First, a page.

30 75 Male 1706 9,6
31 75 Male 1552 8.2

Table 2. Distribution of age, gender, concentration and RIN in control samples.

The results of RIN and concentration of total RNA in both groups are reported in Tables 1 and 2. The analysis of the 19 cases revealed a mean RIN of 6.81 (± 2.4035) and a mean concentration of 504.43 (± 717.757) ng/microliter. The mean RIN of the 31 controls was 8.70 (± 0.9941) and the concentration was 494.81 (± 615.073) ng/microliter. The Mann Whitney U test was used to compare the means of the cases and the controls, revealing a value of p=0.49 for RNA concentration and p=0.001 for RIN. The RIN is significantly superior in the control samples, in comparison to the oral cancer cases.

Association between tumor location and RNA quality

The RIN mean, the concentration mean and the standard deviation results for each location of the case samples can be observed in Table 3.

Location Number of samples Average RIN (standard deviation) Concentration mean in ng/µL (standard deviation)
Tongue 9 7.4 (2.6739) 237.69 (783.92079)
Oral mucosa 6 7.3 (2.661) 954.62 (984.34)
Floor of mouth 2 7.4 (0.7778) 510.42 (653.15453)
Soft palate 1 3.6 43
Retromolar area 1 8.4 653.5

Table 3. Mean RIN and concentration by location.

When comparing the RIN averages by location, we obtained a significance level of 0.696 (Kruskal-Wallis test), therefore the distribution of RIN is the same among location categories.

When comparing the concentration averages by location, we obtained a significance level of 0.774, so we did not find a relation with extracted total RNA from the samples.

Association between RIN and the year in which the samples were frozen

The Spearman correlation links the influence of the passage of time in the cases with total RNA concentration of -0.632 (p=0.006) (Figure 1) and a RIN of -0.350 (p=0.142). When dichotomizing the “freezing period” variable in samples of less and more than 5 y, in regards to concentration, there still are statistically significant differences (p=0.001 mean concentration in samples under 5 y: 1206.67 ng/microliter and over 5 y 180.33 ng/microliter). However, when comparing this dichotomized variable (5-y freezing period) with the RIN, we did not find statistically significant differences (p=0.087).


Figure 1: Relationship between the variation in the concentration of total RNA obtained and the year of extraction of the samples.


The information on transcriptomes provides a fundamental vision of biological processes. The extraction of quality RNA is a complicated step and the preservation and extraction protocols have to be adjusted in many cases [4].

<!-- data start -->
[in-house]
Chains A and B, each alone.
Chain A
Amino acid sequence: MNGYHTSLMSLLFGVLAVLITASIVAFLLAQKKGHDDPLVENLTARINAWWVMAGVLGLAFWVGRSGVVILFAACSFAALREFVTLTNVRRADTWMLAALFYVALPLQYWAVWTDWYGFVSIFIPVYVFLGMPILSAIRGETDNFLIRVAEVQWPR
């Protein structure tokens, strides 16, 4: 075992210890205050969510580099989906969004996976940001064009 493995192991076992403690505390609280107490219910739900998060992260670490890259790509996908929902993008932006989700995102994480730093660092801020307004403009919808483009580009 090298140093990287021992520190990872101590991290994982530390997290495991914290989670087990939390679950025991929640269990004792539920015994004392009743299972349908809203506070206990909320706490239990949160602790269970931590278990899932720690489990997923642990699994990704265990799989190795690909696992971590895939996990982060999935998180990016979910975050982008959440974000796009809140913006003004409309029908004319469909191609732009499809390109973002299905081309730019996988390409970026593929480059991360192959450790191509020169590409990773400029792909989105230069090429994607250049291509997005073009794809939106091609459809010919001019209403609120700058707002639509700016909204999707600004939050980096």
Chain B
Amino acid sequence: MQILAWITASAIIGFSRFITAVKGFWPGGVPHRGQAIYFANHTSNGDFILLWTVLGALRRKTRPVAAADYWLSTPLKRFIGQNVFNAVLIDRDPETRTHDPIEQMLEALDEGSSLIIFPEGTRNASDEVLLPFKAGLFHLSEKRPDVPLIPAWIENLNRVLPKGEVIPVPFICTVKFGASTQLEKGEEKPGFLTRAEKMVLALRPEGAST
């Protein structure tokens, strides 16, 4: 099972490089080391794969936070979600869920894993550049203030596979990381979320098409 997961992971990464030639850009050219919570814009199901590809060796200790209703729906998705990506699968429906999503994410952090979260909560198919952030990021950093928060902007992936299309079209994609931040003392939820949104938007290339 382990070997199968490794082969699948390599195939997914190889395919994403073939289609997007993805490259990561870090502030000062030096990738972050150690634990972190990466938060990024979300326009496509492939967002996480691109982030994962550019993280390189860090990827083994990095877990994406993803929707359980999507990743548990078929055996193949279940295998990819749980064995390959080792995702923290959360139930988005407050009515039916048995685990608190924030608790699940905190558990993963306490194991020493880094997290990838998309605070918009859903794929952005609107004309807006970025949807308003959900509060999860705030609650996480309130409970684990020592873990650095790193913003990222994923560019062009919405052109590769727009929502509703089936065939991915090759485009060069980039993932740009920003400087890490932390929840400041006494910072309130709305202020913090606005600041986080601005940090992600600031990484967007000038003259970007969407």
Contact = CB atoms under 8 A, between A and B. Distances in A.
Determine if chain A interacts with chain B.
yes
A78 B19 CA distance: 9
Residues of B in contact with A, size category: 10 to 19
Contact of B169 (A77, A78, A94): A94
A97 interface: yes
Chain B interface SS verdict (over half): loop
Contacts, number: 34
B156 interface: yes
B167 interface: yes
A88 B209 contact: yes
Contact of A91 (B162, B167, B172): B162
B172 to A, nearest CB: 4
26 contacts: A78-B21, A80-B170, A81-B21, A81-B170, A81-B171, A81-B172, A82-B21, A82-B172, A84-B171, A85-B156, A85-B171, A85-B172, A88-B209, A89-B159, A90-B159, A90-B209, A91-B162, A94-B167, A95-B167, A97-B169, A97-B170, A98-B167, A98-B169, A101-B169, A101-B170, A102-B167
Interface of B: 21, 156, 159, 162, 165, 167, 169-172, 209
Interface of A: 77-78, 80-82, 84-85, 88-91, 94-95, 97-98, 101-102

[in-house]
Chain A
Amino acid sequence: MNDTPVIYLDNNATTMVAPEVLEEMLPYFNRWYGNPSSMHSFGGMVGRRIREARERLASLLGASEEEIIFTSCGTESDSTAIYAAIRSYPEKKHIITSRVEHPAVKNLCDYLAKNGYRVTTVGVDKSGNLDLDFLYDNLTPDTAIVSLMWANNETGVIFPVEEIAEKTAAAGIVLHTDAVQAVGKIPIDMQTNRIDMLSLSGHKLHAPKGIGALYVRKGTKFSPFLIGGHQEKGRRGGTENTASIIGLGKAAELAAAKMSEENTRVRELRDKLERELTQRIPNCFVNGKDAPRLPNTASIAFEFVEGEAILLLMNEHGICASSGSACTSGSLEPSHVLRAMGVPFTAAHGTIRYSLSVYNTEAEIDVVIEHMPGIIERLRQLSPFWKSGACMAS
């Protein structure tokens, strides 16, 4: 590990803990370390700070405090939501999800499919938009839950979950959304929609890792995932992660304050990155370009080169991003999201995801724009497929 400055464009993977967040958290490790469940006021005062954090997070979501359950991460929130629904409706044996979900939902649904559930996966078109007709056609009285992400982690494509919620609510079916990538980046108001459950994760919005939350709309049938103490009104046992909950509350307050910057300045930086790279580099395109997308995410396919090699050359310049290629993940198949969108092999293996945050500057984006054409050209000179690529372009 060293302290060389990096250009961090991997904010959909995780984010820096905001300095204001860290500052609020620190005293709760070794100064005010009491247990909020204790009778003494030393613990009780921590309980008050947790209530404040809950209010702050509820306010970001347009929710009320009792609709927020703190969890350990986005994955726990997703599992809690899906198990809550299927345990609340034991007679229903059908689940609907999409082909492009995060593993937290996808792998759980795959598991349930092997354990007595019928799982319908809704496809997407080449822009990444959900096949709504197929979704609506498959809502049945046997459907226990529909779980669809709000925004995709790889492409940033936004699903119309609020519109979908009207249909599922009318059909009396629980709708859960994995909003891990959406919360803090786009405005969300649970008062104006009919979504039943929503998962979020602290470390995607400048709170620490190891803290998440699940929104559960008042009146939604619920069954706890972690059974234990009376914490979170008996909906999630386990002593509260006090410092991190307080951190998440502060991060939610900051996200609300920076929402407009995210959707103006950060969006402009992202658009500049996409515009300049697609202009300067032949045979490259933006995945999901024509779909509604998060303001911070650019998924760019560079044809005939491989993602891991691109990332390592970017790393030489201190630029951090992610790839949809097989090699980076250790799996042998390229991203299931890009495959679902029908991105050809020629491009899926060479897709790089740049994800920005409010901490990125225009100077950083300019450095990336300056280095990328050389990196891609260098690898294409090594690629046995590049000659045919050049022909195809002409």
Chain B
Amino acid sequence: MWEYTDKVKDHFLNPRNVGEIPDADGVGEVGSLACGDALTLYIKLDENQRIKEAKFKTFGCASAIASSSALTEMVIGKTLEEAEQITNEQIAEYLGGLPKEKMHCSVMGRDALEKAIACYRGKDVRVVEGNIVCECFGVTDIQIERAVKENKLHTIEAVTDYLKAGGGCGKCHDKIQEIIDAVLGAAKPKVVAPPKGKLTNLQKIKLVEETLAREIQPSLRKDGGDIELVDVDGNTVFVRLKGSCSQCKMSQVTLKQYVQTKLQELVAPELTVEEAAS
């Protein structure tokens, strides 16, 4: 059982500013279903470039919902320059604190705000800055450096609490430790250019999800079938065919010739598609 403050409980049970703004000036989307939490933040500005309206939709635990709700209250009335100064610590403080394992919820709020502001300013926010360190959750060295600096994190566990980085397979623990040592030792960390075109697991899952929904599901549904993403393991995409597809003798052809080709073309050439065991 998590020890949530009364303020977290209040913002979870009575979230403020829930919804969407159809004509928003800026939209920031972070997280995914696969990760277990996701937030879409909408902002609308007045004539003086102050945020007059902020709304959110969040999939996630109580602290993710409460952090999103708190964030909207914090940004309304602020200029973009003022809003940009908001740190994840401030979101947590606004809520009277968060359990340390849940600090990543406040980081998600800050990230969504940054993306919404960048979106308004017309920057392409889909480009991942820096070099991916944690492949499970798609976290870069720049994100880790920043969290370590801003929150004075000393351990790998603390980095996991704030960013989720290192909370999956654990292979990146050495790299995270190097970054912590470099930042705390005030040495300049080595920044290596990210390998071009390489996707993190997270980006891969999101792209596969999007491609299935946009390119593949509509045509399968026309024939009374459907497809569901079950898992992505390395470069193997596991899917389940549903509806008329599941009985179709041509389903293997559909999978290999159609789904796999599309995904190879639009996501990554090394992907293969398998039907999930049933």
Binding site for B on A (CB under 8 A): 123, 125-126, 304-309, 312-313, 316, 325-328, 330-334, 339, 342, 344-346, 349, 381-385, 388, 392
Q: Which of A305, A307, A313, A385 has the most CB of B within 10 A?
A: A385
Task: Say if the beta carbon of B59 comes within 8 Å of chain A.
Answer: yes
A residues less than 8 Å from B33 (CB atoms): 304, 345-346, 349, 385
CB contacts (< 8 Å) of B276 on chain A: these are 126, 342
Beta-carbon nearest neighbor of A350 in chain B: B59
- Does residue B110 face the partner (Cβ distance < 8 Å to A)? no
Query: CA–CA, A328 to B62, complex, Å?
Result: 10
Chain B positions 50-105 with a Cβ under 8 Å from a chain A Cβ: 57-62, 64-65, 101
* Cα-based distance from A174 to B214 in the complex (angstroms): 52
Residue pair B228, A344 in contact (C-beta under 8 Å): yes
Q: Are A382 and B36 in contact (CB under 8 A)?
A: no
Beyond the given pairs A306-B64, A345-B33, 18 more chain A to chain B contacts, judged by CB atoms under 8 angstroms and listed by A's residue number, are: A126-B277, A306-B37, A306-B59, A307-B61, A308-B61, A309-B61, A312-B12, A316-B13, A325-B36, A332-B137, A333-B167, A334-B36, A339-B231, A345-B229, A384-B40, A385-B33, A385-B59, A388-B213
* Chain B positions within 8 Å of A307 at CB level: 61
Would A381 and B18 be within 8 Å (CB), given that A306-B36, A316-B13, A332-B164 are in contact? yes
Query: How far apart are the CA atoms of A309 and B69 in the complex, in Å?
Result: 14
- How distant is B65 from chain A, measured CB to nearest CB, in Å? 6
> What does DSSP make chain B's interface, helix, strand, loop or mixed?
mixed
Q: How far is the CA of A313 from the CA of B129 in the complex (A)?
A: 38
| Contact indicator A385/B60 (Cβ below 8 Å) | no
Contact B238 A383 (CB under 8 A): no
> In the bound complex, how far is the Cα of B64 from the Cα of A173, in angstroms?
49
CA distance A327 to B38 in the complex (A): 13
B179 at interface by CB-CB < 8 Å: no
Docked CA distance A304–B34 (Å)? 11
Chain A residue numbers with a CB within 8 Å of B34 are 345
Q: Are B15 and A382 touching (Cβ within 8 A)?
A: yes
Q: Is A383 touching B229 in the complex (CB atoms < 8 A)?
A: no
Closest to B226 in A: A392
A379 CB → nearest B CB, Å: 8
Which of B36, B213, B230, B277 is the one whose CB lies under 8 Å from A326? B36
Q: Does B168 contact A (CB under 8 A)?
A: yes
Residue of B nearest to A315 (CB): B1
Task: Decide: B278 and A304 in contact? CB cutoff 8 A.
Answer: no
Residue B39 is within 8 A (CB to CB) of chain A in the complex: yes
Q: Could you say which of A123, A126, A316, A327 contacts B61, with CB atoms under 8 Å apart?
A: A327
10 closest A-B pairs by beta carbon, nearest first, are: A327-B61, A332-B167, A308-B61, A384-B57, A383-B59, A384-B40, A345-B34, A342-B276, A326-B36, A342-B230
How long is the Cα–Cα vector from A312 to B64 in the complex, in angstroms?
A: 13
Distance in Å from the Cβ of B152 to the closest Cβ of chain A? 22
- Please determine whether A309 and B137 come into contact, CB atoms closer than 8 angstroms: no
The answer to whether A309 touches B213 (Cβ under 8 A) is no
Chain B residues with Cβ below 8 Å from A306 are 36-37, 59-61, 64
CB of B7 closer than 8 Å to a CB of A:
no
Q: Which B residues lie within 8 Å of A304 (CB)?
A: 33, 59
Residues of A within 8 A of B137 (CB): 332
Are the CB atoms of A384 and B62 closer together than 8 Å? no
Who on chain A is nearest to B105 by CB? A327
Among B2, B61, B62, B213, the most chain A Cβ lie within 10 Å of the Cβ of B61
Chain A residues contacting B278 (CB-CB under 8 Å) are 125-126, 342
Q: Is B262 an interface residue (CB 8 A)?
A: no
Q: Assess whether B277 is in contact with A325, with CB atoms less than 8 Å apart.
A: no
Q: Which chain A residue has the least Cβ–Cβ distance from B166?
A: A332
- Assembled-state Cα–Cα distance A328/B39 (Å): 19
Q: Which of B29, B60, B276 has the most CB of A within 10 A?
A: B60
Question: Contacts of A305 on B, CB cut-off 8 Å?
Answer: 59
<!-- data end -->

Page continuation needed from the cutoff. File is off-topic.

The automated methods for the extraction of RNA in fresh non-frozen tissue of the oral mucosa have shown better results than manual methods [8]. However, despite this, there are several factors that we must consider and that condition the studies: a) In many cases we must use frozen tissue; b) Not all laboratories have automated extraction technology; and, lastly, c) The acquisition of this material comes at a cost. All these factors have led us to find alternatives to make RNA extraction accessible both methodologically as financially.

The modification we developed, namely using the hand tool (Dremel 200 Series) and the diamond drill (2 mm Dremel diamond drill) implied an improvement in terms of time, since the sample can be totally homogenized in two minutes; but also financially, since drills can be sterilized and can be purchased at an affordable price. Additionally, the results obtained with this change reaffirm the appropriateness of its use.

In this study, we have proven that the concentration of extractable total RNA of frozen samples decreased with the passage of time (p=0.006). We haven't found articles mentioning the concentration of extractable total RNA related to the passage of time, but we have found studies documenting RNA degradation. Certain studies revealed RNA fragmentation after 5 y, despite having preservation conditions of -700°C or -800°C [9-11].